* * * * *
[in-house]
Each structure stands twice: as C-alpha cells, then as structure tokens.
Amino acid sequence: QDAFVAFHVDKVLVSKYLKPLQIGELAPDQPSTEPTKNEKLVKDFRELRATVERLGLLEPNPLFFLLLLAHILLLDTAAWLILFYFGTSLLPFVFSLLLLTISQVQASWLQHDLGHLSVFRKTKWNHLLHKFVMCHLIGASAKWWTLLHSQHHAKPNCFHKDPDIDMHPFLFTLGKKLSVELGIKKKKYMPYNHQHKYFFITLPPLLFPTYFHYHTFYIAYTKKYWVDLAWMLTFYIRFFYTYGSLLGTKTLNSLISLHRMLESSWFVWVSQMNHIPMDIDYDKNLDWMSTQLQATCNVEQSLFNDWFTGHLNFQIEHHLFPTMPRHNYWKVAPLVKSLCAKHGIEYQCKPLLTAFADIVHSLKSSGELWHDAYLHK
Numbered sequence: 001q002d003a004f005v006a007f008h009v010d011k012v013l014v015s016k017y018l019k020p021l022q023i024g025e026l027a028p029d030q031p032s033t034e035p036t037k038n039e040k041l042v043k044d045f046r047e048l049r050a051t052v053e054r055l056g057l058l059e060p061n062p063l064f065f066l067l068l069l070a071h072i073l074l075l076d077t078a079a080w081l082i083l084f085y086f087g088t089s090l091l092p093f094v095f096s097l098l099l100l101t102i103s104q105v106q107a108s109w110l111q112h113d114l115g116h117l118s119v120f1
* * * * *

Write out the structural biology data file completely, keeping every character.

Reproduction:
[in-house]
Each structure stands twice: as C-alpha cells, then as structure tokens.
Amino acid sequence: QDAFVAFHVDKVLVSKYLKPLQIGELAPDQPSTEPTKNEKLVKDFRELRATVERLGLLEPNPLFFLLLLAHILLLDTAAWLILFYFGTSLLPFVFSLLLLTISQVQASWLQHDLGHLSVFRKTKWNHLLHKFVMCHLIGASAKWWTLLHSQHHAKPNCFHKDPDIDMHPFLFTLGKKLSVELGIKKKKYMPYNHQHKYFFITLPPLLFPTYFHYHTFYIAYTKKYWVDLAWMLTFYIRFFYTYGSLLGTKTLNSLISLHRMLESSWFVWVSQMNHIPMDIDYDKNLDWMSTQLQATCNVEQSLFNDWFTGHLNFQIEHHLFPTMPRHNYWKVAPLVKSLCAKHGIEYQCKPLLTAFADIVHSLKSSGELWHDAYLHK
Numbered sequence: 001q002d003a004f005v006a007f008h009v010d011k012v013l014v015s016k017y018l019k020p021l022q023i024g025e026l027a028p029d030q031p032s033t034e035p036t037k038n039e040k041l042v043k044d045f046r047e048l049r050a051t052v053e054r055l056g057l058l059e060p061n062p063l064f065f066l067l068l069l070a071h072i073l074l075l076d077t078a079a080w081l082i083l084f085y086f087g088t089s090l091l092p093f094v095f096s097l098l099l100l101t102i103s104q105v106q107a108s109w110l111q112h113d114l115g116h117l118s119v120f1